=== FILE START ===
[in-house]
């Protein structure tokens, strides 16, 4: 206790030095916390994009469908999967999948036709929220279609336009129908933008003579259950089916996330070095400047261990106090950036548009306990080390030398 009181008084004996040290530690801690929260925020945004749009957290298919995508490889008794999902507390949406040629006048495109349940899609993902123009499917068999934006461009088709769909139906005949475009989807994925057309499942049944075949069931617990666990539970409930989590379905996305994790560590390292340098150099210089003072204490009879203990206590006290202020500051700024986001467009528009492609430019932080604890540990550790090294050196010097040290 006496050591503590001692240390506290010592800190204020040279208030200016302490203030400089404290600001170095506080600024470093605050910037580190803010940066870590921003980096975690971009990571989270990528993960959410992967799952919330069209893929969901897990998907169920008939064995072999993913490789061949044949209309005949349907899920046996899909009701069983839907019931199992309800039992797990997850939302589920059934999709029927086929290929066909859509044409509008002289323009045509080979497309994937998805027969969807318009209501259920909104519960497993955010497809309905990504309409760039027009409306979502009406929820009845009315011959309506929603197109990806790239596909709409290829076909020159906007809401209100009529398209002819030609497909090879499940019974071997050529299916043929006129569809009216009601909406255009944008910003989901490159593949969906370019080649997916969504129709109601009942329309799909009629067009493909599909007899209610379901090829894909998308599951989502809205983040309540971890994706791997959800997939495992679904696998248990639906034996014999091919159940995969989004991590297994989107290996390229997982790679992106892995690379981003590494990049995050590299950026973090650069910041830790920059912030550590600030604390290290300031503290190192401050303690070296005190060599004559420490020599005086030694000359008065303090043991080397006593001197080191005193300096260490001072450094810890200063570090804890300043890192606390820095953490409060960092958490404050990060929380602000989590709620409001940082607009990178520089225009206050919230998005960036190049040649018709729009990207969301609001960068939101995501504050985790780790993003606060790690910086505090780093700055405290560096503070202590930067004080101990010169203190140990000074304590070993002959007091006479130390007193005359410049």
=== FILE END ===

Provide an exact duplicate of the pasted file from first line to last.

[in-house]
């Protein structure tokens, strides 16, 4: 206790030095916390994009469908999967999948036709929220279609336009129908933008003579259950089916996330070095400047261990106090950036548009306990080390030398 009181008084004996040290530690801690929260925020945004749009957290298919995508490889008794999902507390949406040629006048495109349940899609993902123009499917068999934006461009088709769909139906005949475009989807994925057309499942049944075949069931617990666990539970409930989590379905996305994790560590390292340098150099210089003072204490009879203990206590006290202020500051700024986001467009528009492609430019932080604890540990550790090294050196010097040290 006496050591503590001692240390506290010592800190204020040279208030200016302490203030400089404290600001170095506080600024470093605050910037580190803010940066870590921003980096975690971009990571989270990528993960959410992967799952919330069209893929969901897990998907169920008939064995072999993913490789061949044949209309005949349907899920046996899909009701069983839907019931199992309800039992797990997850939302589920059934999709029927086929290929066909859509044409509008002289323009045509080979497309994937998805027969969807318009209501259920909104519960497993955010497809309905990504309409760039027009409306979502009406929820009845009315011959309506929603197109990806790239596909709409290829076909020159906007809401209100009529398209002819030609497909090879499940019974071997050529299916043929006129569809009216009601909406255009944008910003989901490159593949969906370019080649997916969504129709109601009942329309799909009629067009493909599909007899209610379901090829894909998308599951989502809205983040309540971890994706791997959800997939495992679904696998248990639906034996014999091919159940995969989004991590297994989107290996390229997982790679992106892995690379981003590494990049995050590299950026973090650069910041830790920059912030550590600030604390290290300031503290190192401050303690070296005190060599004559420490020599005086030694000359008065303090043991080397006593001197080191005193300096260490001072450094810890200063570090804890300043890192606390820095953490409060960092958490404050990060929380602000989590709620409001940082607009990178520089225009206050919230998005960036190049040649018709729009990207969301609001960068939101995501504050985790780790993003606060790690910086505090780093700055405290560096503070202590930067004080101990010169203190140990000074304590070993002959007091006479130390007193005359410049």